For All Mankind: One of Apple’s biggest success stories

There’s no denying that Apple has struggled to make an impact with its highly-anticipated streaming service just yet – so much so that the company has effectively “admitted defeat,” repeatedly extending the free trial period to encourage customers not to unsubscribe just yet.

Apple, perhaps, bit off more than it could chew with TV+, releasing the service at the same time as Disney+, which offers subscribers thousands of hours of content and access to some of the world’s most beloved brands and IPs such as Star Wars, The Simpsons, and Marvel.

Fast forward a year from its launch, and Apple TV+ has made some significant progress – not only is the user experience better than ever, but Apple has successfully launched a number of critically-acclaimed shows such as The Morning Show, Dickinson, and SEE, with movies like Palmer also rating well. It is true that Apple’s market share still remains relatively small, and that’s due to the lack of content as of yet. Unlike Netflix and Amazon, which invest billions into programming every year through original series and acquisitions, Apple took a slower and steadier approach. It’s a risky move, but with a few hard-hitters under its belt, the firm could be onto a winner.

One of those hard-hitters is For All Mankind, a science fiction television series based on an alternate history of the Space Race of the 1960s. The show was created by Ronald D. Moore, Matt Wolpert, and Ben Nedivi and boasts an exciting premise: what if the Soviets were the first to land on the moon?

The show, over its ten-episode first season, answers this question, painting a hopeful future as the Space Race gains momentum. For space lovers, For All Mankind follows a whole raft of series such as The Universe, The 100, Lost In Space, and Away, but offers a more immersive and believable storyline. The science-fiction show is a solid effort at an epic, alternate-history storytelling, and though some critics have said the storyline moves too slowly, it’s been praised for its impressive casting.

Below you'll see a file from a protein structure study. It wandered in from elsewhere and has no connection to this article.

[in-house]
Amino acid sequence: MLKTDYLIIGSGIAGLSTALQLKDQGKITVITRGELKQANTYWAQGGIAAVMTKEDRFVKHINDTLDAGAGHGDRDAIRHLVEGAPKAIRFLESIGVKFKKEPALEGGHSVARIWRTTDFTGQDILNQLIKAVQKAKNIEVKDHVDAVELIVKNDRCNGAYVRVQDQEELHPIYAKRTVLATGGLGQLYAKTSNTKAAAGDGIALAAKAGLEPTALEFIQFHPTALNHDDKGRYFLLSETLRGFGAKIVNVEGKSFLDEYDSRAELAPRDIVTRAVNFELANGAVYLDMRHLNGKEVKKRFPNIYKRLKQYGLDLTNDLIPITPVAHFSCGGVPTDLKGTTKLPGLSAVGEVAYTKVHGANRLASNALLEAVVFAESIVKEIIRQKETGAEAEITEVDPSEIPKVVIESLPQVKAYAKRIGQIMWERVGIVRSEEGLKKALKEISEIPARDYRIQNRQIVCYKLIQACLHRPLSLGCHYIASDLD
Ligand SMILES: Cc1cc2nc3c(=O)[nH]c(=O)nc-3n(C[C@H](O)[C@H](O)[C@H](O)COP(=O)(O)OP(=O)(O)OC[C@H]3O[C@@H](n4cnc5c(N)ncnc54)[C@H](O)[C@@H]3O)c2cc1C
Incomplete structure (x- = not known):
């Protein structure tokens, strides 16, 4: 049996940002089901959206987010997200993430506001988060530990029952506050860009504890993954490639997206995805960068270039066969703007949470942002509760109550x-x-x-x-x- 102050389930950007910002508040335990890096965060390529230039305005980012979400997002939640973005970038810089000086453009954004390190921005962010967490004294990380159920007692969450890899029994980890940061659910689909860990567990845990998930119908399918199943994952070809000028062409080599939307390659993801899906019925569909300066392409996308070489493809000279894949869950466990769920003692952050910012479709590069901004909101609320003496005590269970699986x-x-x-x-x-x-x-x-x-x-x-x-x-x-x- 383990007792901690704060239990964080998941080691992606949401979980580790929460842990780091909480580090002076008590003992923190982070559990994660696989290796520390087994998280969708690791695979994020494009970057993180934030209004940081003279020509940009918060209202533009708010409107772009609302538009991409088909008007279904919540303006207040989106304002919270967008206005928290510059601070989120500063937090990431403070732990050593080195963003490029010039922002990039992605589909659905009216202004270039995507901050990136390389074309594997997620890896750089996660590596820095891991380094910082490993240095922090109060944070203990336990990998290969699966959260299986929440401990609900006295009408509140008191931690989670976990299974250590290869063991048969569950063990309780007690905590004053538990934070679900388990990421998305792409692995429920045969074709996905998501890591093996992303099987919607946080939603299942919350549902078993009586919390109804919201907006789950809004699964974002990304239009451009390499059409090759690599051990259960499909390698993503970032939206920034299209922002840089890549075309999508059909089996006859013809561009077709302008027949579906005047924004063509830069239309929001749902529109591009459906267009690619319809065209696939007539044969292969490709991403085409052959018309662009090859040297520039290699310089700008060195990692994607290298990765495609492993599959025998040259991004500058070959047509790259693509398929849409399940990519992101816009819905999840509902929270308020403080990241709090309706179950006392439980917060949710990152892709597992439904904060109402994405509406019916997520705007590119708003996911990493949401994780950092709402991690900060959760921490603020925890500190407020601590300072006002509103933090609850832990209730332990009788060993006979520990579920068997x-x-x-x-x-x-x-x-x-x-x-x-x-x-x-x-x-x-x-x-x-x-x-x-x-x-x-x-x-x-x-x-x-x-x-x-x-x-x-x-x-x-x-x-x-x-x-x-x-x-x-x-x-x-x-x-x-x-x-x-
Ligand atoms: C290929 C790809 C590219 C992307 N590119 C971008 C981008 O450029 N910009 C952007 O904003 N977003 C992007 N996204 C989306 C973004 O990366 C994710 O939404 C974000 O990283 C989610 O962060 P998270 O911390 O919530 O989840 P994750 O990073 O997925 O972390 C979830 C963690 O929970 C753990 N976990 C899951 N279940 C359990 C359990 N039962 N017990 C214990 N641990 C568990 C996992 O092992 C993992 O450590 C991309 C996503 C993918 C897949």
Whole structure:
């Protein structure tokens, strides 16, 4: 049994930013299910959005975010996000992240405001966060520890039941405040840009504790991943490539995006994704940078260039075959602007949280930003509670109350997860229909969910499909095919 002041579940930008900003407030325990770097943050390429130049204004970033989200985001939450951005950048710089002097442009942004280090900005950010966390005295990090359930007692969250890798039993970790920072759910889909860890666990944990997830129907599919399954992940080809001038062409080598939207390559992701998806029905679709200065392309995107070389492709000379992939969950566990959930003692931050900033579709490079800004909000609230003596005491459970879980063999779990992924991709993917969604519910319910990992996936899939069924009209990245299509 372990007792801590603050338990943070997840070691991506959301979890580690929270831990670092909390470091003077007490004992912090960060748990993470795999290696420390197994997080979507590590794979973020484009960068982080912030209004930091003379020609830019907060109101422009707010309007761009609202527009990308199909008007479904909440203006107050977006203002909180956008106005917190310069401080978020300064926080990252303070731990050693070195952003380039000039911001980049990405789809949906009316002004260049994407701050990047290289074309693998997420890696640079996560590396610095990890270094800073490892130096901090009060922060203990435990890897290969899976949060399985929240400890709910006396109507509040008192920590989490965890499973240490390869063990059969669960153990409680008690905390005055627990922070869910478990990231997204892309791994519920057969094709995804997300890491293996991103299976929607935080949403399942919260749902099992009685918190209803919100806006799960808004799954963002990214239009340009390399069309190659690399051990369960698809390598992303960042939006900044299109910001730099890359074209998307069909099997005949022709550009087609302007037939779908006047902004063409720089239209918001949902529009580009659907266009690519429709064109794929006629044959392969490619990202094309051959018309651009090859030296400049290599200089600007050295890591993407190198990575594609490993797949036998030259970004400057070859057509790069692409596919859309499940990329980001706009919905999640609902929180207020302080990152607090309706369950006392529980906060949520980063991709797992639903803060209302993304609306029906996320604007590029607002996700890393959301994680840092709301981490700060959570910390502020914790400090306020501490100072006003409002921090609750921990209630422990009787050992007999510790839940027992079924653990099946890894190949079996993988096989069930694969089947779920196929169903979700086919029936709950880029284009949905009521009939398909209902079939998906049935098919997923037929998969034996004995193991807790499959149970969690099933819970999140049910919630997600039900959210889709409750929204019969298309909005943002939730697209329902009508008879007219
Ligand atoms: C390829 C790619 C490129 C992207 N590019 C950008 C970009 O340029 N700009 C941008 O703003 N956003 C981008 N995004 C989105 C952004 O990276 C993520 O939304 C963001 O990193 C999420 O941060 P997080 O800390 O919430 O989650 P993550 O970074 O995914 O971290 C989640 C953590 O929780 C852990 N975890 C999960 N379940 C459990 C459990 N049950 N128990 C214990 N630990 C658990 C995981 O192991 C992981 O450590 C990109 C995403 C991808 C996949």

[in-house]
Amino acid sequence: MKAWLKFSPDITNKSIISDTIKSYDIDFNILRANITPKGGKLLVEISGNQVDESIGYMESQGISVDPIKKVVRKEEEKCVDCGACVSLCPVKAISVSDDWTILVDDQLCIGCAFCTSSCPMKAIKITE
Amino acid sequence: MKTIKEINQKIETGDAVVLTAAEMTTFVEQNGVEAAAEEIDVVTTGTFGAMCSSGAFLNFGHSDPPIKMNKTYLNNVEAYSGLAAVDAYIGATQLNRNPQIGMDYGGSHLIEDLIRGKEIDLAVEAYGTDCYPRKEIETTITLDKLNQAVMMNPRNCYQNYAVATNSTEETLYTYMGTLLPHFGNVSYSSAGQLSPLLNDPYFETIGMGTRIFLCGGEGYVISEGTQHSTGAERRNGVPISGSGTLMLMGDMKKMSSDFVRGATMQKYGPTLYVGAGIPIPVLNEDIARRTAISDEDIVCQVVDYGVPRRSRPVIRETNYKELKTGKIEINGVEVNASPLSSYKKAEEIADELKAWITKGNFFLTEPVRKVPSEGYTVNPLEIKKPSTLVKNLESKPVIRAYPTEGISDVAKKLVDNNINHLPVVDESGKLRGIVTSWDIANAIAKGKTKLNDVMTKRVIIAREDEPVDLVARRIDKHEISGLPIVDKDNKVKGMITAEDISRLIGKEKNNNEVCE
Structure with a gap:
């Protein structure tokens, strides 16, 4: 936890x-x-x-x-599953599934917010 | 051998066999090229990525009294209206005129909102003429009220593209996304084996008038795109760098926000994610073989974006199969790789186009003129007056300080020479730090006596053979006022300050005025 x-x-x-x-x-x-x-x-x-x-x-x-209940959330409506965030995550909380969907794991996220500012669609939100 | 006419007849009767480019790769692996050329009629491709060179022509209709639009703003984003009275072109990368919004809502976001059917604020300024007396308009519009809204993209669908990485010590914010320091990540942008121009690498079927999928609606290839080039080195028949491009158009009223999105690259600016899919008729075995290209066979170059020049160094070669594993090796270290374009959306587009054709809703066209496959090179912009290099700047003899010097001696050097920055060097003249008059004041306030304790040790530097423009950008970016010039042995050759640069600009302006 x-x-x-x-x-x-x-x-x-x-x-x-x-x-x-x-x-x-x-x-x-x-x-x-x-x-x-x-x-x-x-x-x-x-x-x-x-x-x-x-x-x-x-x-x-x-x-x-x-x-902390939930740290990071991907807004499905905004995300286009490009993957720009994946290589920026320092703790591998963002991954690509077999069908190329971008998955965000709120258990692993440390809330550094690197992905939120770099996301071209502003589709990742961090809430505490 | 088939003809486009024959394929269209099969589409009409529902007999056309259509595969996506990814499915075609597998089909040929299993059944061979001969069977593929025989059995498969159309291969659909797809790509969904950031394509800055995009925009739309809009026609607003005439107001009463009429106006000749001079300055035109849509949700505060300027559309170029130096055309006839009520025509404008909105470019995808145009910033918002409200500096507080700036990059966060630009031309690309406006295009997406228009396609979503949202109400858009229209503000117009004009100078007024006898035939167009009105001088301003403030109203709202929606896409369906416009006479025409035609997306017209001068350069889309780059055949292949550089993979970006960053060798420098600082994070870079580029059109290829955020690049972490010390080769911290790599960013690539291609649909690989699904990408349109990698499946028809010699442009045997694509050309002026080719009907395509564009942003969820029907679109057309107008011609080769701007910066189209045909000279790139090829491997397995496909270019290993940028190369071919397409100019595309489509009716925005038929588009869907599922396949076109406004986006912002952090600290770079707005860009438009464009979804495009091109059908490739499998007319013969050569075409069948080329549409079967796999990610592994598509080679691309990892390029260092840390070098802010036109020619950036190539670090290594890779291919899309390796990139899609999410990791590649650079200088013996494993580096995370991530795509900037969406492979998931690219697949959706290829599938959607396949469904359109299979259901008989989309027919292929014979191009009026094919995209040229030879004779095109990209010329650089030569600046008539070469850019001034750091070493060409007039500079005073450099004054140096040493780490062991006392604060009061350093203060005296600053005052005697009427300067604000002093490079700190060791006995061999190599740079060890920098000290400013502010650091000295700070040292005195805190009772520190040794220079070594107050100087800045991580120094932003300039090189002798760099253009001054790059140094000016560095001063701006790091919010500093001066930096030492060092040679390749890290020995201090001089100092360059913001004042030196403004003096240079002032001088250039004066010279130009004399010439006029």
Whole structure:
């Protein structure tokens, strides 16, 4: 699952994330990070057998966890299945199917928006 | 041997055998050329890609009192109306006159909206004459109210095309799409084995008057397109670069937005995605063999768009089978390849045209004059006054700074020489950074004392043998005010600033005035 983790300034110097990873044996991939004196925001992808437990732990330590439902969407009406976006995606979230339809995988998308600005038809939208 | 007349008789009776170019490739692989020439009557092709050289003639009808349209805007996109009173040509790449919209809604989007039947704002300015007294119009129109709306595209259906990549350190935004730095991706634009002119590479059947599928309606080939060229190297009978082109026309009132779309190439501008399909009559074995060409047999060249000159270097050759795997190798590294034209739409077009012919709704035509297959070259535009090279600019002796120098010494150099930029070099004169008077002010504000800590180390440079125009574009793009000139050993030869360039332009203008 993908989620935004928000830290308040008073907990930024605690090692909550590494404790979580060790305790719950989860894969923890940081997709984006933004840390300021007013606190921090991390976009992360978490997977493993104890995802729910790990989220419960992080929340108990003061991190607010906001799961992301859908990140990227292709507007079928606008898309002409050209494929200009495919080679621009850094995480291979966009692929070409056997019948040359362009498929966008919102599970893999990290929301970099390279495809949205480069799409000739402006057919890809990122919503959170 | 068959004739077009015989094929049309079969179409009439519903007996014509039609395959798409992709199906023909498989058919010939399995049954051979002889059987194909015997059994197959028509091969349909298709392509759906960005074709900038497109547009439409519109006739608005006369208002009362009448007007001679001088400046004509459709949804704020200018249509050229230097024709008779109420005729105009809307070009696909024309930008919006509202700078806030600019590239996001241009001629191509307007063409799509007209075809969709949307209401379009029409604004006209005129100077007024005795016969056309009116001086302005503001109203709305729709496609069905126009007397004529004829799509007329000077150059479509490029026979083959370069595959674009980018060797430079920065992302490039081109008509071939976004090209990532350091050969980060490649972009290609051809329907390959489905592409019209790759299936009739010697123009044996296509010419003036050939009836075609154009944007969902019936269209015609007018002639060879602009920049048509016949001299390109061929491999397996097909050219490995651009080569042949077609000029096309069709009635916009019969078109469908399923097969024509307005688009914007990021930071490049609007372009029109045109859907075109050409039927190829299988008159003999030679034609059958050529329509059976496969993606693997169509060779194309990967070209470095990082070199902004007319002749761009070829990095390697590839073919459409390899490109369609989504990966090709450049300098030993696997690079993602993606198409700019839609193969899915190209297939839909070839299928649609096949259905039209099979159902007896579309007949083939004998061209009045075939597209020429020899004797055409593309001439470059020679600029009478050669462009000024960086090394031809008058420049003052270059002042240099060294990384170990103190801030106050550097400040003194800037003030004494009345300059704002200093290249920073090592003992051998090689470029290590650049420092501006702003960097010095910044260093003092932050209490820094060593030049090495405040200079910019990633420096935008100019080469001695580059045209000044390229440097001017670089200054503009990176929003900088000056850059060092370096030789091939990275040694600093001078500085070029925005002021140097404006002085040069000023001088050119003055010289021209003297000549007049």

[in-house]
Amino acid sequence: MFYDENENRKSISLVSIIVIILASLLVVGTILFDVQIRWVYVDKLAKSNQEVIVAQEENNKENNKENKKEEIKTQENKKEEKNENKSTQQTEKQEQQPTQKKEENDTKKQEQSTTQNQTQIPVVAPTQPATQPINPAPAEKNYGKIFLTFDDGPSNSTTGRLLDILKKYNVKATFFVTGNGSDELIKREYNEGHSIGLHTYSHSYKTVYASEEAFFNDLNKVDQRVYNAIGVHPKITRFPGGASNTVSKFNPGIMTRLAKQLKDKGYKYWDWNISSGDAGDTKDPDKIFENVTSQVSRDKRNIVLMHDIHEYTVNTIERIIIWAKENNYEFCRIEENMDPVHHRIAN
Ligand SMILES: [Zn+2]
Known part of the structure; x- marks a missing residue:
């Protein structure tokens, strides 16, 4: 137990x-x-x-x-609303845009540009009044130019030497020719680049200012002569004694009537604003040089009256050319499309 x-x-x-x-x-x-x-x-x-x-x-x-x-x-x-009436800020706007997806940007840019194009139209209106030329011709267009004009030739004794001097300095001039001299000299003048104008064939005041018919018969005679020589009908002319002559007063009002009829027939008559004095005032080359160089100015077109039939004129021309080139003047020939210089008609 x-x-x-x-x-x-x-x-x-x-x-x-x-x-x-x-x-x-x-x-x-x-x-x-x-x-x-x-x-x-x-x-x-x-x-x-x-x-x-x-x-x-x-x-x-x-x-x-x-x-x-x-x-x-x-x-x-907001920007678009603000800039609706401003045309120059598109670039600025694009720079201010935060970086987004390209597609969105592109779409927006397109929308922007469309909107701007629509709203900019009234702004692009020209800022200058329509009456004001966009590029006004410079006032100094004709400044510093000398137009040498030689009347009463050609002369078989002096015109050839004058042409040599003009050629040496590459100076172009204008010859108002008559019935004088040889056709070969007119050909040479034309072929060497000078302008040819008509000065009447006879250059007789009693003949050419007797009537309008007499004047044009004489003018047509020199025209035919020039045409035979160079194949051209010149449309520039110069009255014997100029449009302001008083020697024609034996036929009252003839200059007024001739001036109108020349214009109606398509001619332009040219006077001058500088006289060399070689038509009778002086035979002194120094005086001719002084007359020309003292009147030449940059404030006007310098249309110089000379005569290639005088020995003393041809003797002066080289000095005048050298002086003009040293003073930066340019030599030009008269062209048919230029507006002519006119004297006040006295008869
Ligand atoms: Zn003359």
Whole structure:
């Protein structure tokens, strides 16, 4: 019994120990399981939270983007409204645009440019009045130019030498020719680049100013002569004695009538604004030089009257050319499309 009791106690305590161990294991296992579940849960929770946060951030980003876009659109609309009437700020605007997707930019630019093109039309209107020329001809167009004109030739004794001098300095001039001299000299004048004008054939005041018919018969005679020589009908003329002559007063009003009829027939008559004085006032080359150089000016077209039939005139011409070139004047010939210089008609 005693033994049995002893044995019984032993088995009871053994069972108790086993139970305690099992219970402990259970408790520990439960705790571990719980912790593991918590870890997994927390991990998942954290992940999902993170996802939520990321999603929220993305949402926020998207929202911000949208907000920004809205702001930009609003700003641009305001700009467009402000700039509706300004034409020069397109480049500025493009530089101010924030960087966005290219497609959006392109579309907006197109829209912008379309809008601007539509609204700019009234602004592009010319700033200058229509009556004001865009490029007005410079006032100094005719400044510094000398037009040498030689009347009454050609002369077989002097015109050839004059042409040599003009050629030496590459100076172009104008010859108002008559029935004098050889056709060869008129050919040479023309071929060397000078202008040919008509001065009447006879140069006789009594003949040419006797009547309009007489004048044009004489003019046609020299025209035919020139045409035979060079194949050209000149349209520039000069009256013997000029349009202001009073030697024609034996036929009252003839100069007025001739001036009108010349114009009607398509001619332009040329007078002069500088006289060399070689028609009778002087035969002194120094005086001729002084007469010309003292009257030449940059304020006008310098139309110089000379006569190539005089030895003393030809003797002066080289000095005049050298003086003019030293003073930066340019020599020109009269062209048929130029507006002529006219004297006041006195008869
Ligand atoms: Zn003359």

The sprawling show holds a 73% “Tomatometer” rating, with Alex Cranz saying that the show “lures you in with familiarity and gives you a thoughtful and nerve-wracking 10 episodes for your commitment,” whilst Ed Fortune of Starburst says that the show is “hope enough to be watchable, gritty enough to be engaging and fantastic enough to inspire daydreams.” Tim Stevens of The Spool gave a mixed reaction upon watching the first season of the show, saying “In the early episodes, one may repeatedly find their mind wandering.

However, over the course of the five episodes, the show’s slow assemblage of changes starts to find their advantage.”Brad Newsome of the Sydney Morning Herald said that: “For All Mankind deftly blends fictional and historical characters and does a good job of portraying outdated attitudes and environments, viewing them through a modern lens, imbuing things with abundant contemporary resonances,” whilst Erin Carson of CNET said that “It’s not that the show can’t or shouldn’t encompass all those elements. It just has a tendency to let certain plotlines wander, only to resurface them, giving you a moment of, “Oh yeah, that’s still happening”” proving that, despite praise from critics, the show is not without its faults.

The first season of the show premiered in November 2019, shortly after the release of Apple TV+, and a second was commissioned shortly afterwards. The COVID-19 pandemic put a spanner in the works for production, but the cast and crew battled through and ultimately lead to the release of the second season 14 months later in February 2021.

The second season of the show picks up a decade later in 1983, at the height of the Cold War when tensions between the United States and the USSR at their peak.

Ronald Reagan is president and the greater ambitions of science and space exploration are at threat of being squandered as the US and Soviets go head-to-head to control sites rich in resources on the moon. The Department of Defense has moved into Mission Control, and the militarization of NASA becomes central to several characters’ stories: some fight it, some use it as an opportunity to advance their own interests, and some find themselves at the height of a conflict that may lead to nuclear war.

Season two offers a different tone and puts the show on a new trajectory, unlocking new character arcs and changing the nature of the series. The second season of the show appears to be performing even better than the first, with fourteen critic reviews helping it achieve a 100% Tomatometer review on Rotten Tomatoes, with an audience score of 83% at the time this issue goes to print.

Ahead of season two’s release, Apple announced an early-season renewal of the show for a third, demonstrating its commitment to the storyline and promising more excitement to come.

Its success demonstrates that, when Apple casts correctly, it can make a significant difference and develop award-winning, cutting-edge content. We can’t wait to see what’s next from Apple TV+!

Are you a fan of For All Mankind? Let us know and check back soon for more.

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